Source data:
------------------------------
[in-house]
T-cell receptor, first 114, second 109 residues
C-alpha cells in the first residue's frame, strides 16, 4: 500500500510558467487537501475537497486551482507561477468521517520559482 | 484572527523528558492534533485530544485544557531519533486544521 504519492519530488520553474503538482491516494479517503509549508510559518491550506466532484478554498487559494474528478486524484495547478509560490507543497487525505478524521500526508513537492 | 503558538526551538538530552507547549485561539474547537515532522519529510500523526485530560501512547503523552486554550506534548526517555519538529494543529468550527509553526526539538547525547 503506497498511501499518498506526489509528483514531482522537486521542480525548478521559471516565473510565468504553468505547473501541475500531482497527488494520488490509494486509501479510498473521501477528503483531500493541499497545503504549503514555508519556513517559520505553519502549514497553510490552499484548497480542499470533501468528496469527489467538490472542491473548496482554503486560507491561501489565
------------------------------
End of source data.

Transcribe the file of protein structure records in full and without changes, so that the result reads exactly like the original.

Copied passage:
[in-house]
T-cell receptor, first 114, second 109 residues
C-alpha cells in the first residue's frame, strides 16, 4: 500500500510558467487537501475537497486551482507561477468521517520559482 | 484572527523528558492534533485530544485544557531519533486544521 504519492519530488520553474503538482491516494479517503509549508510559518491550506466532484478554498487559494474528478486524484495547478509560490507543497487525505478524521500526508513537492 | 503558538526551538538530552507547549485561539474547537515532522519529510500523526485530560501512547503523552486554550506534548526517555519538529494543529468550527509553526526539538547525547 503506497498511501499518498506526489509528483514531482522537486521542480525548478521559471516565473510565468504553468505547473501541475500531482497527488494520488490509494486509501479510498473521501477528503483531500493541499497545503504549503514555508519556513517559520505553519502549514497553510490552499484548497480542499470533501468528496469527489467538490472542491473548496482554503486560507491561501489565